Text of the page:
Climbing Sand Dunes

Batman TDKR movieThe thing about climbing up sand dunes is that you keep sliding downwards. If you slide downward one step for every step you take upwards, you stay in place and get nowhere. Worse, if you slide two steps down for every step up, you go backwards!

To climb a sand dune successfully, you have to take more steps upwards than you slide downwards. I’ve climbed sand dunes; it’s hard; it takes effort (or a dune buggy).

The thing about social progress is that, without real effort towards moving upwards, society tends to slide backwards. Or just stay in place.

I’m particularly angry right now (those with delicate sensibilities might want to leave the blog temporarily just in case I lose control).

Labels have their uses, but they can mislead us into thinking they really describe, let alone explain (let alone define!), a person, thing, or idea. With that caveat, I’m essentially a ‘progressive’ ‘libertarian’ tinged with a dash of ‘socialism’. And I believe that merit comes from,… well, merit (not title, not birth, not wealth, not popularity).[1]

Given that I’d like my vote to be effective, I generally vote Democrat, but I don’t consider myself a democrat (more so some times than others). And, in truth, that party’s views most often align with — or at least come closest to — mine.[2]

sand duneBut sometimes the left makes me just as angry as the right. Maybe more so, because I expect more sense — more thoughtfulness — from them. (And, yeah, I realize that’s probably an error on my part.)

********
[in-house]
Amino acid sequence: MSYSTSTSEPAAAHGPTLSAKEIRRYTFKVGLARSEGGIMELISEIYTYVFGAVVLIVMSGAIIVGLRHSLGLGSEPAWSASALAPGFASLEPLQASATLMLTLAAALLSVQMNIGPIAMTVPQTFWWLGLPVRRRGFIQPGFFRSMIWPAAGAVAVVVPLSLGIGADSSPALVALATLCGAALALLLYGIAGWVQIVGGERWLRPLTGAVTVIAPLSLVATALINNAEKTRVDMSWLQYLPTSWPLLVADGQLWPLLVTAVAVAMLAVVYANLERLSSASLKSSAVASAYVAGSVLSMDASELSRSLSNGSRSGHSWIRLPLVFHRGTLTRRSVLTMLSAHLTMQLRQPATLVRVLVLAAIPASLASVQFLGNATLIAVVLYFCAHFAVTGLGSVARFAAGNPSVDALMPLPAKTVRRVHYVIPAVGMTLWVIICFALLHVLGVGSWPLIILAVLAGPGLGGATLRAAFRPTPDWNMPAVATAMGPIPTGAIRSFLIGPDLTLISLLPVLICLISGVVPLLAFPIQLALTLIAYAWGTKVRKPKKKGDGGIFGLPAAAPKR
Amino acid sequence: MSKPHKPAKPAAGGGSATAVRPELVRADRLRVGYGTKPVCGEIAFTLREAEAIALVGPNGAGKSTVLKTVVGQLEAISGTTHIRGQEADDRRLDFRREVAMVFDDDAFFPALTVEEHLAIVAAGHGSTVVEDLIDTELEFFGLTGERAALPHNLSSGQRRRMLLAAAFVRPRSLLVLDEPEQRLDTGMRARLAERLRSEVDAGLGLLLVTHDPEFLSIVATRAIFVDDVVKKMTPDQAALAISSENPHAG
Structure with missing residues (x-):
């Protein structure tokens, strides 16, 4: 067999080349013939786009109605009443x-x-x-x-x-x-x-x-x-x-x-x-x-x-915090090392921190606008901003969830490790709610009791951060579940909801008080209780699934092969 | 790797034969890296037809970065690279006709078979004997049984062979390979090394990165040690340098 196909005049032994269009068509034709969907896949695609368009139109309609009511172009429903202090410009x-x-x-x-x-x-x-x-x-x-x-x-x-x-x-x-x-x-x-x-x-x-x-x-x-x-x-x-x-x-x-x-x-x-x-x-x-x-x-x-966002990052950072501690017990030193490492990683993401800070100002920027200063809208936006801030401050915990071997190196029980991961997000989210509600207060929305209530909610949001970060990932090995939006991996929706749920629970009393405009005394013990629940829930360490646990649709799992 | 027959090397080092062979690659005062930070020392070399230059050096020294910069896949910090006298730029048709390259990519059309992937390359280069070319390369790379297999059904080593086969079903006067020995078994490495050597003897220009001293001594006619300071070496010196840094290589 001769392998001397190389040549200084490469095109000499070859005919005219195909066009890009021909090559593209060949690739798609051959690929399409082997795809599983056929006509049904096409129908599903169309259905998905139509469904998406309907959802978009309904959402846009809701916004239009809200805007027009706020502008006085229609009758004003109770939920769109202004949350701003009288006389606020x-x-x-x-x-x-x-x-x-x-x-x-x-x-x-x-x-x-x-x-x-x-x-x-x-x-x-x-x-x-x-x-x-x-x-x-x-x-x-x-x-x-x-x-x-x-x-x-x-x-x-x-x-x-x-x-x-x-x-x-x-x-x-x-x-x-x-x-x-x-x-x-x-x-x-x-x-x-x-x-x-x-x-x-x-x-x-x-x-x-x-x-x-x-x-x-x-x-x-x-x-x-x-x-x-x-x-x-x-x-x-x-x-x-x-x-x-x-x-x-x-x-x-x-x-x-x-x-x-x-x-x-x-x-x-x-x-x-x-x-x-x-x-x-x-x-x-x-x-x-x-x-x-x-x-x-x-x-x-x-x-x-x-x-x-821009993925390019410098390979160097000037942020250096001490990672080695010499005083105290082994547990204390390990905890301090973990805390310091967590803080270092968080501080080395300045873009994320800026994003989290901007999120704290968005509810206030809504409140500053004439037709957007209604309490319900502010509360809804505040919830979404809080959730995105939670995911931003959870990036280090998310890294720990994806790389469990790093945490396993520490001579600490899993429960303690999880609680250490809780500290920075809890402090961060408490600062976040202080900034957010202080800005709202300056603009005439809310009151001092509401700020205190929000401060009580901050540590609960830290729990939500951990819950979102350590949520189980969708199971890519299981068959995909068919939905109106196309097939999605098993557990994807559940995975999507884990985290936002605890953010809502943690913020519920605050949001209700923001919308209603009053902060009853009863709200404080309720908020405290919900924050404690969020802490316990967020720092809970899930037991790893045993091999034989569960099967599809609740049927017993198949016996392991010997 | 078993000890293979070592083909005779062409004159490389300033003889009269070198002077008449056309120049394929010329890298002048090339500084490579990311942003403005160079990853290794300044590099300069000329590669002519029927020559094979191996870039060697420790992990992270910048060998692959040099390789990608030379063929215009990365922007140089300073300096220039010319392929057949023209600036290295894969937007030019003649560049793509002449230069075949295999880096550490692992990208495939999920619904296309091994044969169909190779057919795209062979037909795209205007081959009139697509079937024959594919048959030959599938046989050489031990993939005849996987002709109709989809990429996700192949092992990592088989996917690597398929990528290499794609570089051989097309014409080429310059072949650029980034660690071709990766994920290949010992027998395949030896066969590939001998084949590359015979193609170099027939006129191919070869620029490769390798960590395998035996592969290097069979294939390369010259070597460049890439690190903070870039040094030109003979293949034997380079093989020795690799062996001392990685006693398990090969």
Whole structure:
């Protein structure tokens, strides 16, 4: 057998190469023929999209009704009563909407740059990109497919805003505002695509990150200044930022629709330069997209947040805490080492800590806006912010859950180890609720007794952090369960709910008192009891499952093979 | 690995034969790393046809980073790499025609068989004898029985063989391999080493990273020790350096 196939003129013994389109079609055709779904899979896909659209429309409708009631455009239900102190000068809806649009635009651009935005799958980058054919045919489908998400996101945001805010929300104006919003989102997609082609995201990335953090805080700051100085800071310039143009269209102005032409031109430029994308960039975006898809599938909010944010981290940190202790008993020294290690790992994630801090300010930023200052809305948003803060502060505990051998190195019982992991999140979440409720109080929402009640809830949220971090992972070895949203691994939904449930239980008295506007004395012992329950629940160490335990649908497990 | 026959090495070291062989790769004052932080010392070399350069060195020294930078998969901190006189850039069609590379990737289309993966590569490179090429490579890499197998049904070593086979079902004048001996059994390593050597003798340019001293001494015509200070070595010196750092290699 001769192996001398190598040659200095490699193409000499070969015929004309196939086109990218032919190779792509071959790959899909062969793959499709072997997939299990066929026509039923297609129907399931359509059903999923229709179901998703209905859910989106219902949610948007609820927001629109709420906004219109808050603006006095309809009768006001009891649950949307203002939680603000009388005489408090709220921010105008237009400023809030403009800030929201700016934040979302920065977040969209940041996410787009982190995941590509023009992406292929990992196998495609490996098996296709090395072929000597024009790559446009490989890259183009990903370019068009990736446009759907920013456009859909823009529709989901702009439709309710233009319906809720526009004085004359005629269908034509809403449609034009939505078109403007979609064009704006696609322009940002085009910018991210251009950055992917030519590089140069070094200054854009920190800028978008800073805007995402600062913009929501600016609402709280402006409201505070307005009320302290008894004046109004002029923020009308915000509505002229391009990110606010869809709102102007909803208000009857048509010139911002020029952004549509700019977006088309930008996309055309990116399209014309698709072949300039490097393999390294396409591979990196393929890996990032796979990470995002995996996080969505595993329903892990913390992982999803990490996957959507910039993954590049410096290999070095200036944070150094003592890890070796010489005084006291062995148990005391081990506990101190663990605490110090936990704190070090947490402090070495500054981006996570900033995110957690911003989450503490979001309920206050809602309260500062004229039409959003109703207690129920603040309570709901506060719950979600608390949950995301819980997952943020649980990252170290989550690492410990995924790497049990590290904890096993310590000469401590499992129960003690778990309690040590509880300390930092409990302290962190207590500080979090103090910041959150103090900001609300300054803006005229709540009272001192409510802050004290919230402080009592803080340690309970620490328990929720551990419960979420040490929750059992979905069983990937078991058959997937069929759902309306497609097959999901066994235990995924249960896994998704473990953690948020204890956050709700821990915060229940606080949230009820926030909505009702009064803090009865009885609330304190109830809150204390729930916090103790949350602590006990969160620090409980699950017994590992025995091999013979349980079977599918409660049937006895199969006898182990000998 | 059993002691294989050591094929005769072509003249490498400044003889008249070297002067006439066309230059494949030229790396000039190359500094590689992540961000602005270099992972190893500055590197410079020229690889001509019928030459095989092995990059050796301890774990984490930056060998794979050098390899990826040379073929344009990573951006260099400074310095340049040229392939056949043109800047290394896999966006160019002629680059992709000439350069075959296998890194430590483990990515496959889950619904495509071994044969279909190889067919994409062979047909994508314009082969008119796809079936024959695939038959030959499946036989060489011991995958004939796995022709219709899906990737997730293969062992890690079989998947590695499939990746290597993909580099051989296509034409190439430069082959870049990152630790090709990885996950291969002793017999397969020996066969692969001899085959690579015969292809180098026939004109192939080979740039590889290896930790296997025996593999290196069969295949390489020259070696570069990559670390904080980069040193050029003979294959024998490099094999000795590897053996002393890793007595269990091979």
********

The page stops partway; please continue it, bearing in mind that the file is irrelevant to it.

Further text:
What’s got my pantaloons bunched is an interview I just saw wherein two (obviously liberal) talking heads — a “media reviewer” and a “comedian” (neither of whom I’d ever heard of) — completely and contemptuously dismissed without consideration the idea that violence in the media was any kind of problem.

You motherfucking moronic wastes of skin.

It would be evil and wrong of me to wish that, among the 80 people who die from gun violence every single day in my country, that someone you cherished was on those horrific rolls. But it does seem it has to actually touch someone that closely before the point sinks in.

The assertion repeatedly mouthed by these two idiot mouthpieces (in anticipation of President Obama’s town-hall meeting tonight) was that a Tarantino movie doesn’t make people go out and buy a gun and then shoot people. Sadly, I’ve made that same stupid argument, long ago.

I was wrong then, and you’re wrong now.

Completely wrong.

Pulp FictionWell, no, you’re right, in the very narrow, very specific, very cherry-picked, very literal sense you (and I then) meant. I didn’t watch Pulp Fiction and then go out and buy guns and shoot people (in fact, we went out for drinks and to discuss what a great movie it was).

But you’ve missed the point, and you’re completely wrong in principle.

It’s not this movie or that movie. It’s every fucking movie.[3] And TV show. And video game. And Saturday morning cartoon. And comics. And toys.

Not to mention the news. Not to mention the real world is filled with violence every single day.

Let me ask you a very simple question:

Does the environment in which a child grows up affect the child?

I dare you to say no. You are so going to lose that debate.

Second question. This one is apparently harder for some of you.

What do we get when children grow up in an environment that is not only constantly awash in violence, but presents it as a viable solution to problems?

Facing off against the bad guy? A fist fight is just the ticket.

Too far away to hit? Shoot bullets at them. Lots and lots of bullets (it’s a sign of affection). Don’t worry if the bad guys shoot back. They almost never hit the good guys.